This thesis develops the theory and tools necessary for the determination of a near optimal Real-Time Operating System (RTOS) scheduling policy for an arbitrary multitasking problem specification. The solution is determined using a Genetic Algorithm (GA). All real-time operating systems provide some means of 'tuning' the characteristics of the scheduling policy to accurately meet the application requirements. This thesis shows the applicability of using a GA to determine these parameters for an arbitrary application. In addition, the RTOS parameters considered are broad enough to allow the results to be used for specifying and/or choosing an RTOS for the actual implementation of a real-time system. The domain of real-time applications which is of particular interest is that of embedded systems. In the embedded systems domain, real-time multitasking problems are specified by a series of timing constraints, time deadlines and practical available resources. These constraints guide the analysis of the results. A PC-based RTOS/GA tool set is the end result of this thesis and can be used for the analysis of arbitrary real-time applications.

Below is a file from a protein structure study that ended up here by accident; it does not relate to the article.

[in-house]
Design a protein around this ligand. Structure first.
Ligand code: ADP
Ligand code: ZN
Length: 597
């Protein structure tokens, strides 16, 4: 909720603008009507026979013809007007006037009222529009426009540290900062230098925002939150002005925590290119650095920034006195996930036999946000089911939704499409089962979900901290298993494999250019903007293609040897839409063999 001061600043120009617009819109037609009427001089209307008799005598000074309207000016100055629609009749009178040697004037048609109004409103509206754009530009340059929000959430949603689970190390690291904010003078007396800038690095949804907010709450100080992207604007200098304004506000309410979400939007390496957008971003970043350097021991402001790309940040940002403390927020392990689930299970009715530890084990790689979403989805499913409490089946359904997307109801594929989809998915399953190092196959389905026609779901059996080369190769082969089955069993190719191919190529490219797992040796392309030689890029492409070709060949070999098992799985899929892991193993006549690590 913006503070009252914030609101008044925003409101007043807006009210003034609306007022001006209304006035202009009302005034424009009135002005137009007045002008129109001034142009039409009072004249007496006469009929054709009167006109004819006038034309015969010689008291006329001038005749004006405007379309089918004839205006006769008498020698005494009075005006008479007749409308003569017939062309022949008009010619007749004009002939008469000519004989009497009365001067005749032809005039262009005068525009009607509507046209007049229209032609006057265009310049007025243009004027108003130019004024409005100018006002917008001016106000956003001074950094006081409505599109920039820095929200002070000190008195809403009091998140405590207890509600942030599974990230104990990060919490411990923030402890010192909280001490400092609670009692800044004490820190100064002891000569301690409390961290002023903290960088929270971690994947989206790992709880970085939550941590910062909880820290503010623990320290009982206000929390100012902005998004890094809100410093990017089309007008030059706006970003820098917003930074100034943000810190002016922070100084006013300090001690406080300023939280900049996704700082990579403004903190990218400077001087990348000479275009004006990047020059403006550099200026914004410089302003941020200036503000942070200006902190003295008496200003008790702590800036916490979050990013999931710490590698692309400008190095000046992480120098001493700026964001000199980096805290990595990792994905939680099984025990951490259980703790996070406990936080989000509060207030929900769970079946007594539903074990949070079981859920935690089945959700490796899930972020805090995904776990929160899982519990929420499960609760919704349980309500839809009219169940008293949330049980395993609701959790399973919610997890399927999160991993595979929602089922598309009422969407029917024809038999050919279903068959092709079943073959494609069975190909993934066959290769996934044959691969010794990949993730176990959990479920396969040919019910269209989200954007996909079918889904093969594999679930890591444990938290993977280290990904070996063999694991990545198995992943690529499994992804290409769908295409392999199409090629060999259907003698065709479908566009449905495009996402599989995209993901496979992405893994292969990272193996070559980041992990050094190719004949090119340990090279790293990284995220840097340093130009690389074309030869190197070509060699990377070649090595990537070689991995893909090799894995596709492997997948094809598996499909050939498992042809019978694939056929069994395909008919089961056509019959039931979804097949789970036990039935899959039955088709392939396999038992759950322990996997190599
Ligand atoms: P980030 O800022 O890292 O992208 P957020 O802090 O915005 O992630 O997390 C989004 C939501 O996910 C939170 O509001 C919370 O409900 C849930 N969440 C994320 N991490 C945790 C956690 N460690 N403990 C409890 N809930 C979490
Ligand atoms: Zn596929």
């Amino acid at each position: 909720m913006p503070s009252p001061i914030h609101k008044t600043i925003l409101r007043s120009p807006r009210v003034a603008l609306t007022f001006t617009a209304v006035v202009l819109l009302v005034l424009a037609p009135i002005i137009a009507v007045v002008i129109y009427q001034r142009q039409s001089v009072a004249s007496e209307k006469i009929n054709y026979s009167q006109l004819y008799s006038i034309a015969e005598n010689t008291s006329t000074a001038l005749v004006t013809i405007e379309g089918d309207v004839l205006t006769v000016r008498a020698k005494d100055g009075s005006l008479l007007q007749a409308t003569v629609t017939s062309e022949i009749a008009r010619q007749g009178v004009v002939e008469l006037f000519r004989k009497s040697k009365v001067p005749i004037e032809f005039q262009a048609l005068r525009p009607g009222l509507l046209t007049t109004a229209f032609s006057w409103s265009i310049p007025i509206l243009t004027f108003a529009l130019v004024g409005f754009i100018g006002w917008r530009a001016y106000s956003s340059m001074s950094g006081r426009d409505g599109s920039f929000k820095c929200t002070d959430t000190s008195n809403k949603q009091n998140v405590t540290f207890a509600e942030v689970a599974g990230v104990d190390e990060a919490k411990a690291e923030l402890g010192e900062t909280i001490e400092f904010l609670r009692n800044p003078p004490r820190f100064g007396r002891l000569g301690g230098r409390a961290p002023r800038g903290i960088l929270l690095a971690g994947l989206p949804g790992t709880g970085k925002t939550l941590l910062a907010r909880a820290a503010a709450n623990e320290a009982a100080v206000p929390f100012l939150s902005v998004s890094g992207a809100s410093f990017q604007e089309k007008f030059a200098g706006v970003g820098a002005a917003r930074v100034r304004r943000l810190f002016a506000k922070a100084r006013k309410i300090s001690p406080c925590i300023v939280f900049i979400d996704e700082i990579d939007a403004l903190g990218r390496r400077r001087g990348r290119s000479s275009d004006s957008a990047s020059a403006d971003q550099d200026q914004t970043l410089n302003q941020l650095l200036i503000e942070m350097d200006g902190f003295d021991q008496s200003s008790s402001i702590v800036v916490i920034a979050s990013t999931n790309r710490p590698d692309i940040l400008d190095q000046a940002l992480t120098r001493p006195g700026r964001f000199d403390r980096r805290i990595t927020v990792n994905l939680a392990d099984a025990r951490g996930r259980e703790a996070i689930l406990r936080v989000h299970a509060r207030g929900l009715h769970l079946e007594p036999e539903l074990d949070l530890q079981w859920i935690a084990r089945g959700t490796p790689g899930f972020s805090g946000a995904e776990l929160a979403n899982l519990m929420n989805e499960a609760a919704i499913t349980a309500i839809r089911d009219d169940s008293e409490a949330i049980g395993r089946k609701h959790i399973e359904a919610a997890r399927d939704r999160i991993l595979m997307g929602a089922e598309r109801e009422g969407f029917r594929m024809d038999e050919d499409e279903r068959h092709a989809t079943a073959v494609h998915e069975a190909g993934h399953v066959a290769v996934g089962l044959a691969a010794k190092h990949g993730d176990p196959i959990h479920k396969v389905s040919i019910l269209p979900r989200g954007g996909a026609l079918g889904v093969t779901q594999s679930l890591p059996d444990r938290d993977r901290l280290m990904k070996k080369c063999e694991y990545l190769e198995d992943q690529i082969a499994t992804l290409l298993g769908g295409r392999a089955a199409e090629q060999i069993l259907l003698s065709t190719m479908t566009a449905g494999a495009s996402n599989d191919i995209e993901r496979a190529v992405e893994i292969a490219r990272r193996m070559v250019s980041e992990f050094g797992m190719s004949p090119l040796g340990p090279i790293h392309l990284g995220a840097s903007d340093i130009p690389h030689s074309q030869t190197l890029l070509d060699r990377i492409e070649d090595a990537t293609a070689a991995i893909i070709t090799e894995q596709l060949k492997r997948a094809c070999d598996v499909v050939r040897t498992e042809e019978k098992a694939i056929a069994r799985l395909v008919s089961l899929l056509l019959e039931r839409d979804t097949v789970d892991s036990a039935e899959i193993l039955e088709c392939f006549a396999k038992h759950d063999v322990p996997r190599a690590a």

Library of Congress Subject Headings
Real-time data processing; Genetic programming (Computer science); Genetic algorithms
Department, Program, or Center
Computer Engineering (KGCOE)
Semeraro, Greg, "Evolution of solutions to real-time problems" (1997). Thesis. Rochester Institute of Technology. Accessed from
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